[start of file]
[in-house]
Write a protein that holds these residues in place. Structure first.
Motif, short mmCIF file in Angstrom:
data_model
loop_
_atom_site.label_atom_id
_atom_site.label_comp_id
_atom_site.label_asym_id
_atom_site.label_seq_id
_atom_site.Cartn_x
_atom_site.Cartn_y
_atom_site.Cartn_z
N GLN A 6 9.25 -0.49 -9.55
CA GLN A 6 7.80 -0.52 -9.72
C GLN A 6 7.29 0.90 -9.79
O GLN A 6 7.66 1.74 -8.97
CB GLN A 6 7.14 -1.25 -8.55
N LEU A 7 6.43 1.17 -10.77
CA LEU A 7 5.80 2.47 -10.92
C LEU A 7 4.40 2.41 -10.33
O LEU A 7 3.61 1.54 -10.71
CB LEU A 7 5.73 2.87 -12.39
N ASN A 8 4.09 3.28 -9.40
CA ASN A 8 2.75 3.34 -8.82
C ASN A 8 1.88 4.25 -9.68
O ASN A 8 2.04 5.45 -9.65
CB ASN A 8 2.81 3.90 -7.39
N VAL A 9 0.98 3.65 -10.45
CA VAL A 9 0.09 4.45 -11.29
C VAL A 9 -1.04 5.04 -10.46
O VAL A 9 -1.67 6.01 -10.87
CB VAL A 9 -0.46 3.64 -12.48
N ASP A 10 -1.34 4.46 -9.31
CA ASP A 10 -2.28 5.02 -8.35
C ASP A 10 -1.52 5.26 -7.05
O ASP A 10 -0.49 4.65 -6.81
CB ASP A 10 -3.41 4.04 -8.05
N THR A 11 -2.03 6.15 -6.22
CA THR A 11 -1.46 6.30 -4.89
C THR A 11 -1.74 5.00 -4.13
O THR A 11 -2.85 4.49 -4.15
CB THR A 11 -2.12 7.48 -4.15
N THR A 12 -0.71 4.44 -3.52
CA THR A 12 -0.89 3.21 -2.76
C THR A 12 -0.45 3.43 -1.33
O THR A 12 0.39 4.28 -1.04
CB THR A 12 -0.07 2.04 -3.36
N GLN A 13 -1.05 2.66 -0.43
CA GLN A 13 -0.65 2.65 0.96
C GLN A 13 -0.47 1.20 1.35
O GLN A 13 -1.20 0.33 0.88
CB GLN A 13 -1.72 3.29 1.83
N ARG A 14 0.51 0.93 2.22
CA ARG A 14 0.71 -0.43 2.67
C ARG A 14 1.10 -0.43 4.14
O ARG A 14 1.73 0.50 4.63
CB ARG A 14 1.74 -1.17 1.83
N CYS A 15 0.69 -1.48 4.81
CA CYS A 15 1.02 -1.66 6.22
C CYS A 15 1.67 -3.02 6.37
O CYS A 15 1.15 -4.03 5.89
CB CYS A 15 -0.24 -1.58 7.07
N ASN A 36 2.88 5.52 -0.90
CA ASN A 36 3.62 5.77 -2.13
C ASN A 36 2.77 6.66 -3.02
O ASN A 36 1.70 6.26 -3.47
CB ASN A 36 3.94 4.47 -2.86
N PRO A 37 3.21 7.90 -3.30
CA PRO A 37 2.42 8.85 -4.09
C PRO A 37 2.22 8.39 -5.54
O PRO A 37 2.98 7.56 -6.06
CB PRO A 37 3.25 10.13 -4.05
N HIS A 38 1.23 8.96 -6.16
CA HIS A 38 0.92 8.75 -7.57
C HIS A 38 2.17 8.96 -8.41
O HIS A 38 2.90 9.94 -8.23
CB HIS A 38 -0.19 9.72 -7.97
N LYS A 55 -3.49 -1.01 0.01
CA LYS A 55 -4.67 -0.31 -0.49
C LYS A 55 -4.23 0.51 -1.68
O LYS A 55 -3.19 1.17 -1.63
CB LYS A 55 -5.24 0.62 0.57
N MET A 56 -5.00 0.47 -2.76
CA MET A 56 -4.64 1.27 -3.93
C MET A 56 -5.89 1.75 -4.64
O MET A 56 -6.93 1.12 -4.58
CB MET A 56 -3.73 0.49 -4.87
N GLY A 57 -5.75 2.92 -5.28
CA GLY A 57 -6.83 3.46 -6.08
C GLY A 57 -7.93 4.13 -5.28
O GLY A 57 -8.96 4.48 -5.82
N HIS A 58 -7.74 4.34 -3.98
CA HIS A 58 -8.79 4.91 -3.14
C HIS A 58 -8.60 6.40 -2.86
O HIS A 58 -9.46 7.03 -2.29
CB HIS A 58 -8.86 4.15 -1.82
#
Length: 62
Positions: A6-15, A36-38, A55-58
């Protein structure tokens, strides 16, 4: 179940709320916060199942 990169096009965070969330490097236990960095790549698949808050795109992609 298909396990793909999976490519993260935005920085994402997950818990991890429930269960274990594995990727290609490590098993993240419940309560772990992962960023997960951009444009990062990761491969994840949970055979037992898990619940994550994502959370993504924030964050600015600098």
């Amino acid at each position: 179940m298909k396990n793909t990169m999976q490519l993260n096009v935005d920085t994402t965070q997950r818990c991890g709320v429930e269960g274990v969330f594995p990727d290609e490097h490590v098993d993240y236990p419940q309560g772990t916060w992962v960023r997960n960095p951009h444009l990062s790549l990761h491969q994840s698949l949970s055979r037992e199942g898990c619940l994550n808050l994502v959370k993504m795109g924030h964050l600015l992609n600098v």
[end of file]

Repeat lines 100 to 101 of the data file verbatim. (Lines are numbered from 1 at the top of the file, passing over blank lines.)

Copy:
């Protein structure tokens, strides 16, 4: 179940709320916060199942 990169096009965070969330490097236990960095790549698949808050795109992609 298909396990793909999976490519993260935005920085994402997950818990991890429930269960274990594995990727290609490590098993993240419940309560772990992962960023997960951009444009990062990761491969994840949970055979037992898990619940994550994502959370993504924030964050600015600098």
């Amino acid at each position: 179940m298909k396990n793909t990169m999976q490519l993260n096009v935005d920085t994402t965070q997950r818990c991890g709320v429930e269960g274990v969330f594995p990727d290609e490097h490590v098993d993240y236990p419940q309560g772990t916060w992962v960023r997960n960095p951009h444009l990062s790549l990761h491969q994840s698949l949970s055979r037992e199942g898990c619940l994550n808050l994502v959370k993504m795109g924030h964050l600015l992609n600098v």